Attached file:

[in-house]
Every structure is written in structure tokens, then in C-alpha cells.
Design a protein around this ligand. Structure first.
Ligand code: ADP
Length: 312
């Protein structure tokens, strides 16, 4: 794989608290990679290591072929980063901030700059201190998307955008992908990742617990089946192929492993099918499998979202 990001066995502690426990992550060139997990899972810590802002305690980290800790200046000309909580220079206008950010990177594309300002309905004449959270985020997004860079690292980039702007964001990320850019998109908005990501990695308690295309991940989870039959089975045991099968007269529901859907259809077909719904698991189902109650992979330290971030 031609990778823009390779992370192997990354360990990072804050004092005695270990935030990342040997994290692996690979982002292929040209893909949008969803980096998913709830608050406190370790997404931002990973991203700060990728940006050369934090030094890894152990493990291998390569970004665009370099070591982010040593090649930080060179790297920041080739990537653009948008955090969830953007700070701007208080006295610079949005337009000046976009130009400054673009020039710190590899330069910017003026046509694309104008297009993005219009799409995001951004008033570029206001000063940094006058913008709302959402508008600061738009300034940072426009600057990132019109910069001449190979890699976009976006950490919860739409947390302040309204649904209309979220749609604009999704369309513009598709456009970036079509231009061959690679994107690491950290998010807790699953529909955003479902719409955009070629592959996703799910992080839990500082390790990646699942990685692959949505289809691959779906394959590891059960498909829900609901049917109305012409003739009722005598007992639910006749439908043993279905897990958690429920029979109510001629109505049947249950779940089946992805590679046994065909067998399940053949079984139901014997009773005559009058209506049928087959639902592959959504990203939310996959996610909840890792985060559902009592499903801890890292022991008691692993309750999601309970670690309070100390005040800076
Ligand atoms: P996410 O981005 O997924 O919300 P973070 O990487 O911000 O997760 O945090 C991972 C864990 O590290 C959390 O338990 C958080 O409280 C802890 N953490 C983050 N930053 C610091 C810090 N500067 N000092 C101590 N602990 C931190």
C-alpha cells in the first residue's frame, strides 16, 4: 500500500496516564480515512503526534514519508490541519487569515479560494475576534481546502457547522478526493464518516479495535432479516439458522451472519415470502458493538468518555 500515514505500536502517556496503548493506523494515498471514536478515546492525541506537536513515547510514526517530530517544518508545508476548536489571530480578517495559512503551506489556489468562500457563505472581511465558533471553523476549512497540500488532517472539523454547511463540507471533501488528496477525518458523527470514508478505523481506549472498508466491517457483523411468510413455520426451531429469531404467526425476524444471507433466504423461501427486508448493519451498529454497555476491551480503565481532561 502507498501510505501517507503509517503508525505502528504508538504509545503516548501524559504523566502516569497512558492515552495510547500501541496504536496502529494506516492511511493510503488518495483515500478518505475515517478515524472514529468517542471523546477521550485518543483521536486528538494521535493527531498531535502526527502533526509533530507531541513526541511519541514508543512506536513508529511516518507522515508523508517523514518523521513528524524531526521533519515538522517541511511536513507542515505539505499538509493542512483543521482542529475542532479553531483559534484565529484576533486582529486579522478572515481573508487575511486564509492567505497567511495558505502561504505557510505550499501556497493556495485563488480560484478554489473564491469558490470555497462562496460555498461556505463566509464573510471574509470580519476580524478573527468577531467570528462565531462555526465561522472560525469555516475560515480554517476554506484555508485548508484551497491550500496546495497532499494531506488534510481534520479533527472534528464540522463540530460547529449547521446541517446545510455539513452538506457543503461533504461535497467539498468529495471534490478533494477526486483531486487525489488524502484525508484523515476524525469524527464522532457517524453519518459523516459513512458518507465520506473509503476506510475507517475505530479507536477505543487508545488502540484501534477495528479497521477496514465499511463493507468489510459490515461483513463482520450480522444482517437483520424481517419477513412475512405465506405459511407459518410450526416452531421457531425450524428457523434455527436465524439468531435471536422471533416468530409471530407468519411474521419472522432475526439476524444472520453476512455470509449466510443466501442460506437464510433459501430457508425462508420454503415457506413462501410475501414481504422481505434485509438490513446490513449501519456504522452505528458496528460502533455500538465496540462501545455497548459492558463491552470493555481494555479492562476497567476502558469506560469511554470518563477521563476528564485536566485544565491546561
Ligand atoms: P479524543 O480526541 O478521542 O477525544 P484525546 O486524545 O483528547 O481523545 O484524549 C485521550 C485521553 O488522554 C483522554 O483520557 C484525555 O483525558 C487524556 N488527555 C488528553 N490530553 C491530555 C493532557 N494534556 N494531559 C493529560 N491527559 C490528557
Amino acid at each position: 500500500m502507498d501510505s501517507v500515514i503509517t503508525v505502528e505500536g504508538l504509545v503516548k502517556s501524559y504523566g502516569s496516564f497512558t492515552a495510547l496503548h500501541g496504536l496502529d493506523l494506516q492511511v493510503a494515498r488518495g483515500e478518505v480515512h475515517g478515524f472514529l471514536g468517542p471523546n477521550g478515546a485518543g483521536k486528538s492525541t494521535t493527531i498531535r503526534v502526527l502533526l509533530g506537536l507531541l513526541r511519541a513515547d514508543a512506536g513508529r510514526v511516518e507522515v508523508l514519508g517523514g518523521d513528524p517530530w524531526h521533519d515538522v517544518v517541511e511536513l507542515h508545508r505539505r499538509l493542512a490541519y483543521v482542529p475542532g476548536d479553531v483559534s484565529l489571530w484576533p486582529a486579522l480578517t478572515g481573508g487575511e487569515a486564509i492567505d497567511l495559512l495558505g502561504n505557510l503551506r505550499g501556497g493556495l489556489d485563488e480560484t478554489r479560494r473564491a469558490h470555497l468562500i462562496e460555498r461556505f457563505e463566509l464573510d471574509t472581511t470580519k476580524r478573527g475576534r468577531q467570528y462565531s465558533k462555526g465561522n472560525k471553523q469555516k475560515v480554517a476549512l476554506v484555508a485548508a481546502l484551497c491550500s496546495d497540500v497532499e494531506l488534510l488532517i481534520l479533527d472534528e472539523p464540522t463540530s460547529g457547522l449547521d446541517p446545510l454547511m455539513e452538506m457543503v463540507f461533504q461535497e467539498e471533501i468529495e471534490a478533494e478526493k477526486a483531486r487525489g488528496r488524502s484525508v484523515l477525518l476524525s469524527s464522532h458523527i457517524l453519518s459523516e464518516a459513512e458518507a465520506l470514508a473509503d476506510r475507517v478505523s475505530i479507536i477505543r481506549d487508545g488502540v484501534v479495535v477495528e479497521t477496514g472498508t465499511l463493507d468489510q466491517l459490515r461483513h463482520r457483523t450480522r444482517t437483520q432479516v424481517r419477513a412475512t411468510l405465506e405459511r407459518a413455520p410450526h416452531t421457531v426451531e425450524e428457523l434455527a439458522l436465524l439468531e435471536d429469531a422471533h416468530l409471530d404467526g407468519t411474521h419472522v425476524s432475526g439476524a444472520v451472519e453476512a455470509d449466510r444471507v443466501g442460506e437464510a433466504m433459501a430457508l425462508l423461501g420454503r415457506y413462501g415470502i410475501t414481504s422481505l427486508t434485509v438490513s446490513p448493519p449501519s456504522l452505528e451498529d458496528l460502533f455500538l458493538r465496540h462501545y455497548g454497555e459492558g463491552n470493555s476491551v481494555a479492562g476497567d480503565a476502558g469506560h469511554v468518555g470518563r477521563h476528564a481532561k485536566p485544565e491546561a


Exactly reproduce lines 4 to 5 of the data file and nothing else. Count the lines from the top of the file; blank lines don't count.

Ligand code: ADP
Length: 312